Have you ever experienced your friend complaining that they are cold when you feel comfortable or even hot? This is a common phenomenon and there are many reasons why two people might experience the same temperature differently. The way we perceive temperature can also depend on other variables such as humidity, altitude, wind chill or even the environment to which we are accustomed. While the temperature may seem like an exact science, it’s all quite relative in actuality. Let’s explore some of the factors that affect how we interpret climate and temperature.
There are various climate classification systems that define the climates of the planet
Defining Climates Around the World
First, let’s look into how climate is categorized. There are various types of climate classification systems and the simplest way to classify climate is to use latitude. Different latitudes on Earth get different amounts of sunlight and sunlight can be a key factor to determine climate. Regions at higher latitudes receive sunlight at a sharp angle and sun rays are spread over a wide area. So, places within the arctic climate zones tend to be snow or ice-covered year-round. Mid-latitude areas, the temperate zones, receive sunlight at a moderate angle resulting in distinct changes across four seasons. Areas at low latitudes receive sunlight almost vertically and the sun’s rays are concentrated in these areas. As you can see in the figure above, the tropical belt is covered extensively by oceans and tropic regions are mostly hot and humid. Although it’s no surprise that different regions have vastly different average temperatures and climates, it may be more surprising to see how people in different climates deal with temperature.
People in the cooler climates of Scandinavia actually consume more ice cream
To Each Their Own
There’s nothing that hits the spot better than a refreshing serving of ice cream on a hot summer day. But who do you think eats the most ice cream? In fact, Scandinavians consume the most ice cream per capita even though they live in a cooler climate. You will also find that people living in tropical climates near the equator tend to eat spicier foods, which may also be unexpected. While there are, of course, exceptions to these norms, cultural and environmental factors are what lead people to practice what defies expectations for the rest of us.
Our Internal Thermostat
So what might be the unique element that determines how we perceive temperature? This element is a sort of built-in thermostat each of us have: our brains! The process our brains use to detect temperature and regulate temperature are closely related. Thermoreceptors on our skin send signals to our brains when they encounter something like the cool touch of ice cream or the tingling sensation of spicy food. The brain then reacts to these signals and this is why we shiver when we’re cold and sweat when we’re hot. When we stay in a constant environment for an extended period of time, our brain works to acclimatize our bodies to that environment. This process is one theory that could explain why a house with the thermostat set to 24°C (75°F) feels warmer in the summer and cooler in the winter or why someone standing next to you can feel cold while you feel warm. This type of acclimatization could also explain why in 2010, during an unusual cold streak in Hong Kong, a significant number of deaths occurred due to complications related to the cold even though the temperature only reached as low as 8-10°C (46~50°F). People living in the tropical climate of Hong Kong had not experienced these temperatures and perhaps some of their bodies were not prepared to handle the uncommonly low temperatures.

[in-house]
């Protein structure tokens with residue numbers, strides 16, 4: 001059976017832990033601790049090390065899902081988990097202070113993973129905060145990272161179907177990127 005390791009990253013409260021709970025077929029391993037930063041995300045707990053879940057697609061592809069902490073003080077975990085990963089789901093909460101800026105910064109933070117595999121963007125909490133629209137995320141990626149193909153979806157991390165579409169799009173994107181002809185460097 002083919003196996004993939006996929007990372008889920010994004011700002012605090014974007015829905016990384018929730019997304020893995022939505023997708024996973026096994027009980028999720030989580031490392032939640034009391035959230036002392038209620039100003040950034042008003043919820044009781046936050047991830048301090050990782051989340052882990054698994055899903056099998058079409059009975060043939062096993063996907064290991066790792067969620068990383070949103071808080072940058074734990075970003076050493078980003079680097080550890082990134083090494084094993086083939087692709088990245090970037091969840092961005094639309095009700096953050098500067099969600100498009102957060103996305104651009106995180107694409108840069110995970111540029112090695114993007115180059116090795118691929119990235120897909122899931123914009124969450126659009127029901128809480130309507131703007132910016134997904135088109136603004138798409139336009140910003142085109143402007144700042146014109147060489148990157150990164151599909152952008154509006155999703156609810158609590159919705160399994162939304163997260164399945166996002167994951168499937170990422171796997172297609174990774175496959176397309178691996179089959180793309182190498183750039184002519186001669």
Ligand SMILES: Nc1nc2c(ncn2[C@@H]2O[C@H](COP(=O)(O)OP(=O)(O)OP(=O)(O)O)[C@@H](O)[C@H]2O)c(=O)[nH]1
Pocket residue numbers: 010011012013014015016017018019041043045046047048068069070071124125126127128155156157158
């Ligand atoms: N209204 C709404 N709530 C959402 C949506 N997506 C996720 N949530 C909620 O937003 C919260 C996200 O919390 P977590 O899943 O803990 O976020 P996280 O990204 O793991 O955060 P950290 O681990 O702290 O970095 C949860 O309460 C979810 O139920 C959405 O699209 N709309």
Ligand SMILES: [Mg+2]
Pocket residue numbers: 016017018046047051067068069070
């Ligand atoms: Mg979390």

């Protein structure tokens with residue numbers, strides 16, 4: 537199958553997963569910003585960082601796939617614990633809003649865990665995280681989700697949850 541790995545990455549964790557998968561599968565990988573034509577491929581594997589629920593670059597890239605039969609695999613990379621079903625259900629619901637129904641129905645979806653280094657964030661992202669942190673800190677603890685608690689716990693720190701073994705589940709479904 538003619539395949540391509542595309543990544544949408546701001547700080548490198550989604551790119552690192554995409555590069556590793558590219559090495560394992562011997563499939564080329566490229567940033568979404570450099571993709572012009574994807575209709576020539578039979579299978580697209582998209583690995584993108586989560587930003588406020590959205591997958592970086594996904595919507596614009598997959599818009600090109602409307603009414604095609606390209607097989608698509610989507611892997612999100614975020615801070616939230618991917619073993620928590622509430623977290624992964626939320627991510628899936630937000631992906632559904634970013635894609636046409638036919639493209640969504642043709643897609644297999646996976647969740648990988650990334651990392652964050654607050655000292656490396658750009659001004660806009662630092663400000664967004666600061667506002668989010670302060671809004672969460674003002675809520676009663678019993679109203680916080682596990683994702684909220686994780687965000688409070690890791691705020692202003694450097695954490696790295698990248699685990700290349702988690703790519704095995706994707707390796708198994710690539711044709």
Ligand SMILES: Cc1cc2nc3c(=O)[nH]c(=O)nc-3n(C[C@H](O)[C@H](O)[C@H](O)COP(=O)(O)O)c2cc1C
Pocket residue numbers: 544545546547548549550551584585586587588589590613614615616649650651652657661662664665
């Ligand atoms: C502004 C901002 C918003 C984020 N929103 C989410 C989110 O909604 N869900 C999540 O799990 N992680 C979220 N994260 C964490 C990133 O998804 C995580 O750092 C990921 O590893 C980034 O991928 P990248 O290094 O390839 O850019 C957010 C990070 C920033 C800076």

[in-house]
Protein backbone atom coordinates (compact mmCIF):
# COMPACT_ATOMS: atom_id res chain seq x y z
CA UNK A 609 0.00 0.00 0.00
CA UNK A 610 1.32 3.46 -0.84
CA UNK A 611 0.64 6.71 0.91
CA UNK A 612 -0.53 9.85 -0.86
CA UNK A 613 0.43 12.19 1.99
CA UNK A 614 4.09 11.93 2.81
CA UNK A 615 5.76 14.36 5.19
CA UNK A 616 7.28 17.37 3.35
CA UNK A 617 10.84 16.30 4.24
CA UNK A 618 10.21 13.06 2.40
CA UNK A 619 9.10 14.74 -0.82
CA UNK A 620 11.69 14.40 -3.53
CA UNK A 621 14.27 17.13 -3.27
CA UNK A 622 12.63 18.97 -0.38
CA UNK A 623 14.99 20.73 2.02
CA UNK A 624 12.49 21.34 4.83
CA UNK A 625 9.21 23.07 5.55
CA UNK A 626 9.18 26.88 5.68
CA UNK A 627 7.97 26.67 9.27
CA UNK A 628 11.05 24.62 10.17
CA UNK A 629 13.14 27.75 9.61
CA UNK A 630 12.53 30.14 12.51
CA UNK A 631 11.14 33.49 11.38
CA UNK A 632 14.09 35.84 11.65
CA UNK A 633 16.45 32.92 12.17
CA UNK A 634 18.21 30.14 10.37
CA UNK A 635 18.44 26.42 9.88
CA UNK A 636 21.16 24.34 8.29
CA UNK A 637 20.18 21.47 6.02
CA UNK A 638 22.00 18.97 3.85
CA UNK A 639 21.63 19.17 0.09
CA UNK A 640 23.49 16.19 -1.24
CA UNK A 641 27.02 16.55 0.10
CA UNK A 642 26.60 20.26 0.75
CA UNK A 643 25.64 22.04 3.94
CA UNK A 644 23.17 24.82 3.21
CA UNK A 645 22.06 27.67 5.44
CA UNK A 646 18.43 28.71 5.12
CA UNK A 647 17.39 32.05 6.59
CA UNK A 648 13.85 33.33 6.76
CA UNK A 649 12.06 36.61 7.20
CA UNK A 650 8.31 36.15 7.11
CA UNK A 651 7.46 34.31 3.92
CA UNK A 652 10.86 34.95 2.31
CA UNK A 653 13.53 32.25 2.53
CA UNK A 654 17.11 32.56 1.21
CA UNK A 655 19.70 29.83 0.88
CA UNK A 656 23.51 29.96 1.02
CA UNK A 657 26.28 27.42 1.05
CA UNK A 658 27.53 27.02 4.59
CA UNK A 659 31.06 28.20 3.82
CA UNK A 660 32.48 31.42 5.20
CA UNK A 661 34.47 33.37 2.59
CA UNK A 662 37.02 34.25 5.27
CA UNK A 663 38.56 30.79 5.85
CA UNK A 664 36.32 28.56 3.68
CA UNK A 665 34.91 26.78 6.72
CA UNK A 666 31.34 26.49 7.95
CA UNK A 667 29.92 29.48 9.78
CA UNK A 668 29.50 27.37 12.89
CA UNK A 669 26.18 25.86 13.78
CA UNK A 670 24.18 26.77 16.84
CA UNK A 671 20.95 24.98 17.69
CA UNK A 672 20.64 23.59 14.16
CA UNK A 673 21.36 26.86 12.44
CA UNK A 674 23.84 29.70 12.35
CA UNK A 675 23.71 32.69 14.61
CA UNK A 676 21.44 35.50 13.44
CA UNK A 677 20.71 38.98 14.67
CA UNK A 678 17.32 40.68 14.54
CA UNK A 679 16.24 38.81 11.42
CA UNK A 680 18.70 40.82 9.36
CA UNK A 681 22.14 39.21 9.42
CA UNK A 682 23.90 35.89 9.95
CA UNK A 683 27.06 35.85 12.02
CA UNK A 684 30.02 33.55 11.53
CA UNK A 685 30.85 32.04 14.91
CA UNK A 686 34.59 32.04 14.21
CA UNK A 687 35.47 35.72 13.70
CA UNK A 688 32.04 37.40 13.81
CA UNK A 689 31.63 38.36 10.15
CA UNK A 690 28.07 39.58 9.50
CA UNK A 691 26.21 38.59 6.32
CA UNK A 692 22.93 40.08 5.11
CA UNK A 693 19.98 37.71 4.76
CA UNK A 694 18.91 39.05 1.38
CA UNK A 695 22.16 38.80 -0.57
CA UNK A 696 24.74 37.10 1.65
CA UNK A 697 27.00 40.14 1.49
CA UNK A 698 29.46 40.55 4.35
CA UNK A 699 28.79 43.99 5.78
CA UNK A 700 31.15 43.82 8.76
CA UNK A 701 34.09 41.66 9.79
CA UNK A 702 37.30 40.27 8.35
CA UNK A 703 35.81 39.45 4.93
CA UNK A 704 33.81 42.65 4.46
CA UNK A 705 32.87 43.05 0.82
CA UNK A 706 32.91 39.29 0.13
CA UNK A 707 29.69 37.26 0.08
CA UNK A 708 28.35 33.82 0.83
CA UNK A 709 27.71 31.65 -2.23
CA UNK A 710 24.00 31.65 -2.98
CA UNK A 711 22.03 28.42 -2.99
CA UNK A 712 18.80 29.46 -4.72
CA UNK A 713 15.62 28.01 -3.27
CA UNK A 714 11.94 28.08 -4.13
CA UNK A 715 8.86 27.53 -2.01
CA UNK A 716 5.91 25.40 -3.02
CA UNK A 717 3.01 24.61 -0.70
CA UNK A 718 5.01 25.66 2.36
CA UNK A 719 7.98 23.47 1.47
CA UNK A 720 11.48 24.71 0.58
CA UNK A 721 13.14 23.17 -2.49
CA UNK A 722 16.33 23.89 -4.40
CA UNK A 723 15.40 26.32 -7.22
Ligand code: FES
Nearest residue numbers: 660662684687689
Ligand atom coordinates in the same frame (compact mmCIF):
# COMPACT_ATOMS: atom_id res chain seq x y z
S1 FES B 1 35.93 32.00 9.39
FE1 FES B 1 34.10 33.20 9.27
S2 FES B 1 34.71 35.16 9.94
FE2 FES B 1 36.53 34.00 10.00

The wind chill factor plays a major role in how we perceive the temperature outdoors.
But there are still some environmental factors that can account for some discrepancies in temperature. The wind chill factor is a commonly used indicator of what the temperature actually feels like outside. We use the outdoor temperature along with wind speed to determine the wind chill factor. You can get an idea about how it works by referencing the chart above. The level of relative humidity in the atmosphere can also make us warmer or cooler that the actual temperature. A large amount of moisture in the air makes it hard for us to evaporate sweat from our skin and makes us feel warmer, while a lower amount of moisture in the air makes evaporation easier and makes us feel cooler. As far as unexpected inconsistencies concerning temperature go, elevations comes into play as well. At sea level, water boils at 100 °C (212 °F). However, for every 150m (500ft) increase in elevation, the boiling point of water is lowered by about 0.5 °C (0.9°F). So while we typically expect water to boil at 100°C, it actually boils at 94.7°C in a city like Denver, located 1,609m (1 mile) above sea level. The temperature outside also decreases as you go higher in elevation due to the decrease in pressure and more widely spread molecules. For every 304m (1,000ft) in elevation, there is a 5.4°F temperature decrease and a 3.5°F temperature decrease in precipitation such as snow or rain.
Elevation also impacts temperature and how it affects us.
Temperature is clearly a complex matter and things may not look, or feel, just as they seem. Lucky for us, LG is an expert in temperature and is continuously conducting research to better understand temperature and environments so that we don’t have to. The next time your friend tells you their cold, just remember, there are a lot of factors involved.